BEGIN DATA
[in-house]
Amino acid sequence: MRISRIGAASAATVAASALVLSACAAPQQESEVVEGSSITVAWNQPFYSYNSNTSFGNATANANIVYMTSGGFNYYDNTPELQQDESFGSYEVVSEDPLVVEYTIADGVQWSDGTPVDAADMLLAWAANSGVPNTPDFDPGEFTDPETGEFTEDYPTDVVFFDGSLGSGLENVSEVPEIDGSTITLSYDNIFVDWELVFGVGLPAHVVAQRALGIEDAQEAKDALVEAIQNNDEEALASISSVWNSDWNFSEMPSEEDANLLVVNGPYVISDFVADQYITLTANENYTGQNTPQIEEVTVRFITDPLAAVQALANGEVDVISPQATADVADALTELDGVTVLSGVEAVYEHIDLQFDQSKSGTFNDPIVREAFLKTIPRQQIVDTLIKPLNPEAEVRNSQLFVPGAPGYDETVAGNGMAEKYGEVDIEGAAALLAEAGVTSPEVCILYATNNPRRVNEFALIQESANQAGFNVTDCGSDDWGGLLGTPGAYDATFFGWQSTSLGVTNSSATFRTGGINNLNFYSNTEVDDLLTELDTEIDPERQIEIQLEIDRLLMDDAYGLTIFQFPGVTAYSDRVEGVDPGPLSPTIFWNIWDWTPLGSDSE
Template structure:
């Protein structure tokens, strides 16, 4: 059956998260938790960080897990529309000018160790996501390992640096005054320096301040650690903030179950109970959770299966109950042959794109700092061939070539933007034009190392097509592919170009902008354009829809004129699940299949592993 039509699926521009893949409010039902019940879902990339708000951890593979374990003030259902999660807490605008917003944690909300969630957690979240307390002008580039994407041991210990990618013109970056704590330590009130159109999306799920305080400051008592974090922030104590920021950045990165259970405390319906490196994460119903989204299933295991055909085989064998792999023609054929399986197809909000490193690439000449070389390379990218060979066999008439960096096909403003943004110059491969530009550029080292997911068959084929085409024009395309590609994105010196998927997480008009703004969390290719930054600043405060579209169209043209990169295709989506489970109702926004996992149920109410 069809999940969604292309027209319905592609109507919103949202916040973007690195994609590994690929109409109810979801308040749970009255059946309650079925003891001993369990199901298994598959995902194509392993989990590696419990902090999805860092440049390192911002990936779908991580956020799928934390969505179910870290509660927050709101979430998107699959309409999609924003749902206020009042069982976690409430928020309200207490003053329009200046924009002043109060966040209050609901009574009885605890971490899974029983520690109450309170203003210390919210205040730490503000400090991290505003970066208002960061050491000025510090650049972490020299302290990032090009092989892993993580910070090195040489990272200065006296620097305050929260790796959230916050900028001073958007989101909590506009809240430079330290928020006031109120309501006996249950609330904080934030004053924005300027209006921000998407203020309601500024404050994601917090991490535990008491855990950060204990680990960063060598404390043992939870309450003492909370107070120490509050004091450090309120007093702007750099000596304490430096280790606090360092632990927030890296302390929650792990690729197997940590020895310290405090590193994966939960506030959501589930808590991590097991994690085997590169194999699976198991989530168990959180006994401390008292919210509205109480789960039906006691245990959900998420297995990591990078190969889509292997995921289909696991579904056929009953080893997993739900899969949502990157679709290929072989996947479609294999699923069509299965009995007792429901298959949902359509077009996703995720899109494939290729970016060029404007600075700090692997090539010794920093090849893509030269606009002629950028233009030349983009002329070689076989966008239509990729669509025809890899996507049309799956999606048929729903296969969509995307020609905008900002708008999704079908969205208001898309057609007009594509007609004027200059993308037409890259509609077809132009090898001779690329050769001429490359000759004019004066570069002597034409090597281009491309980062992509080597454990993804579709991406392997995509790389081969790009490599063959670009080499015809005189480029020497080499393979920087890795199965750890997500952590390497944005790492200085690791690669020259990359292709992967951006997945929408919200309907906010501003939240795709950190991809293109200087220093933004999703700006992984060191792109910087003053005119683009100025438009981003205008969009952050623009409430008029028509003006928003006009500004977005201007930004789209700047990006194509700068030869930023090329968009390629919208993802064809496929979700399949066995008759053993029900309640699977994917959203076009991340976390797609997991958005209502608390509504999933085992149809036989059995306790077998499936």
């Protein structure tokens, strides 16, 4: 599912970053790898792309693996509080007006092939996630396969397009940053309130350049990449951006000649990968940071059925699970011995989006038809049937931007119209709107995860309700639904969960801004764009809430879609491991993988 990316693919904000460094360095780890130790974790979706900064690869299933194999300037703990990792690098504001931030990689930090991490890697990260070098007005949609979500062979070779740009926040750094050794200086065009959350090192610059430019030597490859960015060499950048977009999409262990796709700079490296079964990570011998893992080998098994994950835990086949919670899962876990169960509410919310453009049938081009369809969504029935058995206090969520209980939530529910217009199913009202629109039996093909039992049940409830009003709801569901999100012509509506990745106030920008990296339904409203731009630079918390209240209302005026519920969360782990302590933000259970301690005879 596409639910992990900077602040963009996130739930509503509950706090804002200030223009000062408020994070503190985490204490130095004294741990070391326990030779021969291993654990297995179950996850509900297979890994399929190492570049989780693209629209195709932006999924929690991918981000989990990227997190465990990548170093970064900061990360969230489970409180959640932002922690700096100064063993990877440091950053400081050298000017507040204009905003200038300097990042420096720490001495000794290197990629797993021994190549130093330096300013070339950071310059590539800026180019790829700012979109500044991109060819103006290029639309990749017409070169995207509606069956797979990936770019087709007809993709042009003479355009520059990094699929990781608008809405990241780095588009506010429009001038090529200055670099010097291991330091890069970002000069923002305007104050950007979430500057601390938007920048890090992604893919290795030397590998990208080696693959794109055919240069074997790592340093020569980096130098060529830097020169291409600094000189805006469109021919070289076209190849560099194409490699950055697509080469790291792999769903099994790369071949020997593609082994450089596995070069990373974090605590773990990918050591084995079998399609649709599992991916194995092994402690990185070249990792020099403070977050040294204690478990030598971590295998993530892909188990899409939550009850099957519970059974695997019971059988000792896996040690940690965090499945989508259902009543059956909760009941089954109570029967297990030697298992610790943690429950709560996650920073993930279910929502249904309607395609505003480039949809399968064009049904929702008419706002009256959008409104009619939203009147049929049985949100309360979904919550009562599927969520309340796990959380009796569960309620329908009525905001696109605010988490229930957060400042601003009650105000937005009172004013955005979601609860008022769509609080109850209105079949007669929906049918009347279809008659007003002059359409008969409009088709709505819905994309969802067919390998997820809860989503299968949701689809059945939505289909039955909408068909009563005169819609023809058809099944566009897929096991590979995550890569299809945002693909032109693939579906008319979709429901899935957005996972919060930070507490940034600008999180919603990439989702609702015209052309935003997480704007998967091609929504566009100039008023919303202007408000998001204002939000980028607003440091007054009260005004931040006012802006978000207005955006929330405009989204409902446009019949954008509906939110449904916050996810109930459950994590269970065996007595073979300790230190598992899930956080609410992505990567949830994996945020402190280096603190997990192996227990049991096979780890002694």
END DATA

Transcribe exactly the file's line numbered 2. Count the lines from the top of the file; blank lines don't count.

Amino acid sequence: MRISRIGAASAATVAASALVLSACAAPQQESEVVEGSSITVAWNQPFYSYNSNTSFGNATANANIVYMTSGGFNYYDNTPELQQDESFGSYEVVSEDPLVVEYTIADGVQWSDGTPVDAADMLLAWAANSGVPNTPDFDPGEFTDPETGEFTEDYPTDVVFFDGSLGSGLENVSEVPEIDGSTITLSYDNIFVDWELVFGVGLPAHVVAQRALGIEDAQEAKDALVEAIQNNDEEALASISSVWNSDWNFSEMPSEEDANLLVVNGPYVISDFVADQYITLTANENYTGQNTPQIEEVTVRFITDPLAAVQALANGEVDVISPQATADVADALTELDGVTVLSGVEAVYEHIDLQFDQSKSGTFNDPIVREAFLKTIPRQQIVDTLIKPLNPEAEVRNSQLFVPGAPGYDETVAGNGMAEKYGEVDIEGAAALLAEAGVTSPEVCILYATNNPRRVNEFALIQESANQAGFNVTDCGSDDWGGLLGTPGAYDATFFGWQSTSLGVTNSSATFRTGGINNLNFYSNTEVDDLLTELDTEIDPERQIEIQLEIDRLLMDDAYGLTIFQFPGVTAYSDRVEGVDPGPLSPTIFWNIWDWTPLGSDSE